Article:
Confrontation. Confrontation strikes a primitive, and often hibernating cord in us. We spend most of our lives avoiding confrontation and then, suddenly, we’re in the ring with a CSR.

By the time you confront a rep, you’re all worked up about so many things that you’re inevitably short-fused with the CSR. This is called “misattribution of emotion,” aka misdirected/misplaced emotion. In the case of the customer service call, you get upset before you really know why, and then you let it all out on the nearest available human (the call rep). The same thing happens with road rage (a behavior also encouraged by anonymity).

One linguistic study of call center conversations revealed high indicators of fear in callers’ tone and word choice. Not anger. Fear. (And relief, interestingly.) Perhaps we are more like dogs–which typically show aggression out of fear–than we think?

So . . . during our anxious confrontation with an anonymous person, we unload a torrent of built-up, misdirected frustration, knowing we’ll never be held to task for it. It’d almost be therapeutic if it weren’t so stressful.


{ 10 comments… read them below or add one }

Rick U. July 14, 2010 at 9:43 am

I have found myself frustrated beyond explanation with CSR’s. One day, though, I had an epiphany. Instead of being confrontational and brash, I decided to have a small-talk conversation with the CSR before we got to my problem. I realized that if you’re polite, patient, and conversational, your problems tend to not only get fixed faster, but to a better degree than you expect (not always, mind you, but my experience shows the odds are in your favor).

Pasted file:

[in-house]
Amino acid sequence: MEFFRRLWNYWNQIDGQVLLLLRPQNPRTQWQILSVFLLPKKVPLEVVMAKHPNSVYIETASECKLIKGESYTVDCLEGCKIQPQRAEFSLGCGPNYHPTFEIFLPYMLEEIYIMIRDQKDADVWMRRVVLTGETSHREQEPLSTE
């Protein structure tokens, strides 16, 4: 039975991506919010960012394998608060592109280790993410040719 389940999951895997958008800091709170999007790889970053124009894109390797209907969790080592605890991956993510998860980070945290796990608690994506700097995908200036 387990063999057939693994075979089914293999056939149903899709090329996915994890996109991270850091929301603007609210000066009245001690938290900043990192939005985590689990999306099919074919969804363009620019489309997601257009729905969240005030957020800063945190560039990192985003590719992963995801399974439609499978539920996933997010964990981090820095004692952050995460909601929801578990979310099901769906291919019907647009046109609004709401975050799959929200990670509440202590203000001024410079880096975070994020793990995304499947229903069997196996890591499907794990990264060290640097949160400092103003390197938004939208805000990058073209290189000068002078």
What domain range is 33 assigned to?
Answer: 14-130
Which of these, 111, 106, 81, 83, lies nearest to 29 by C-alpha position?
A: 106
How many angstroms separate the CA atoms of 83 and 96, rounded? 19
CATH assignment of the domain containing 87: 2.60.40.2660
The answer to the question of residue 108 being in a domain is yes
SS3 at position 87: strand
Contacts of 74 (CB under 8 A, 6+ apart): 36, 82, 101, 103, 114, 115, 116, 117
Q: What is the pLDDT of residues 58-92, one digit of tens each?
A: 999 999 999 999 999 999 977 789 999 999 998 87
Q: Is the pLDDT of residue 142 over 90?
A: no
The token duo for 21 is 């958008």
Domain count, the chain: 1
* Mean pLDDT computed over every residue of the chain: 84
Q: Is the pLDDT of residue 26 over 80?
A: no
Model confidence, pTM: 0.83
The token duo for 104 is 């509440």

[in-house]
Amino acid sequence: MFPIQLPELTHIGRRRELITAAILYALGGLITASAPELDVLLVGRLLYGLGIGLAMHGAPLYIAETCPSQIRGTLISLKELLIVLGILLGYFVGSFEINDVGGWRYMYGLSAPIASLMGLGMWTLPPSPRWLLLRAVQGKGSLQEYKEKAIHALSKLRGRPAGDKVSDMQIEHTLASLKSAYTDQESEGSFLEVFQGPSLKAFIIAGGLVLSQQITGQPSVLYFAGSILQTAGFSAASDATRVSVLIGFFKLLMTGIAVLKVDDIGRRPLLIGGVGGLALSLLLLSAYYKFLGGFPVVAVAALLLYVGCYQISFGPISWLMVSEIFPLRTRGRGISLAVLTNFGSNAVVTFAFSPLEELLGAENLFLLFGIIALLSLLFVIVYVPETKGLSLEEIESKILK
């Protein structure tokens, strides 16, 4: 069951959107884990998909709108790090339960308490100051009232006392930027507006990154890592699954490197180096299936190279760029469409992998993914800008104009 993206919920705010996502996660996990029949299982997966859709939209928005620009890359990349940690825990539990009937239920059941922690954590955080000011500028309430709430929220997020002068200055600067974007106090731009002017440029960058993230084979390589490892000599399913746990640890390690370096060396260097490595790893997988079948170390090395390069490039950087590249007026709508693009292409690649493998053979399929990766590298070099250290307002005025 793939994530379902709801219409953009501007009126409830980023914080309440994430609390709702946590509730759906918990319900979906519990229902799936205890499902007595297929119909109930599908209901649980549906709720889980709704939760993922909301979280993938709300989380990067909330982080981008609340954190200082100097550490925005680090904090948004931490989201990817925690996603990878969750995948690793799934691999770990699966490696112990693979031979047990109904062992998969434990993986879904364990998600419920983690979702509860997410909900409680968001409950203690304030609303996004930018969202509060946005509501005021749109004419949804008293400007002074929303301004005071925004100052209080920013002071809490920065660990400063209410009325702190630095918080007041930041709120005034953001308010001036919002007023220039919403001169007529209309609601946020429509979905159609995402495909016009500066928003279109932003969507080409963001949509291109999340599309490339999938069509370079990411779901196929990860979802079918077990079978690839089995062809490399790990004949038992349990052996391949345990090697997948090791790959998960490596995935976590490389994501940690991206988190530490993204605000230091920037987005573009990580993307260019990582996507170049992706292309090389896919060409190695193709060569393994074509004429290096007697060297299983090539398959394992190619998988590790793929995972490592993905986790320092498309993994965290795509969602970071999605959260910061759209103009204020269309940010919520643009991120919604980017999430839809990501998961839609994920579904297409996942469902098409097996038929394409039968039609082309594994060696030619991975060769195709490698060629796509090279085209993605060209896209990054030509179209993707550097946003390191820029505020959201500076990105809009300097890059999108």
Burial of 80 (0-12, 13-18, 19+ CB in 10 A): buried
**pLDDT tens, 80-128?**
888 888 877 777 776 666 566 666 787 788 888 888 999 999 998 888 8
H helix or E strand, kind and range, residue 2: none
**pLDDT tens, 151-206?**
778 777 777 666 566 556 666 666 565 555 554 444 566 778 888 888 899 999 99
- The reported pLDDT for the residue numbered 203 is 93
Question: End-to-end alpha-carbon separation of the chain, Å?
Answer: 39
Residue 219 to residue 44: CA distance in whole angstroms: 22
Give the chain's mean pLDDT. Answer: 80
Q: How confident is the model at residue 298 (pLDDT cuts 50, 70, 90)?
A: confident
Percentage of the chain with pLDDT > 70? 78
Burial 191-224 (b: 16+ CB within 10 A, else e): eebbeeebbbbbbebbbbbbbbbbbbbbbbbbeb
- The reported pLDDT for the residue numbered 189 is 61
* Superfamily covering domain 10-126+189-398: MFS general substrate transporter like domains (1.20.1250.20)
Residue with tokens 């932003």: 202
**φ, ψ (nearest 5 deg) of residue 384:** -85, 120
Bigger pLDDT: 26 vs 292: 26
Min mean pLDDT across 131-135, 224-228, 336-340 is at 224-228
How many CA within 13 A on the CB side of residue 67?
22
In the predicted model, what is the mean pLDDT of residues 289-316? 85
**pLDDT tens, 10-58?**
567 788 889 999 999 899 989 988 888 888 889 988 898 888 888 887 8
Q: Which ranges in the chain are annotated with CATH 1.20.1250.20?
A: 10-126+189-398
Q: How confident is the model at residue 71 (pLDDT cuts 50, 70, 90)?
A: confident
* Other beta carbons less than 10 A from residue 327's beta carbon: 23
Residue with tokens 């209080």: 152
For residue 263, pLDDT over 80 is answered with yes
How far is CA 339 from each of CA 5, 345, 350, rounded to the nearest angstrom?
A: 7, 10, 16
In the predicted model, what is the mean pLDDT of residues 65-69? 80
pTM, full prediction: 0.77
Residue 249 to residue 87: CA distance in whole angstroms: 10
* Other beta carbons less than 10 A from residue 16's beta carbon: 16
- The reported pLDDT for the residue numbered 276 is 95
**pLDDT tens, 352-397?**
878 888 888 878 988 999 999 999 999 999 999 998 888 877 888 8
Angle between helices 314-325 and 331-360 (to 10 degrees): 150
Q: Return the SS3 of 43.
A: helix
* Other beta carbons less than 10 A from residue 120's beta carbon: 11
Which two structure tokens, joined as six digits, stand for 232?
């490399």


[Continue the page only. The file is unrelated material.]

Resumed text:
The thing that REALLY gets my goat are people who complain about foreign call centers (namely in India). I, personally, find these call centers fascinating. Most of them are located in Bangalore, and having been to Bangalore myself, Indian CSR’s are usually very surprised to hear me ask about it. It breaks the ice almost immediately, and things get done a lot faster.


Katy July 14, 2010 at 9:50 am

Hey Rick, Really interesting comment. Sounds like small talk a) makes both of you less anonymous and b) reduces the anxiety of confrontation. The most surprising study I looked at was the one about people expressing fear (perhaps unknowingly) during CSR calls. Your approach probably goes a long way to making the whole exchange less scary on both sides. Re: India, I’m sure it goes a long way to ask about Bangalore. I’ll try that next time (though I’ve only been to the airport!). Thanks for reading! Katy


Alex K. July 14, 2010 at 9:48 am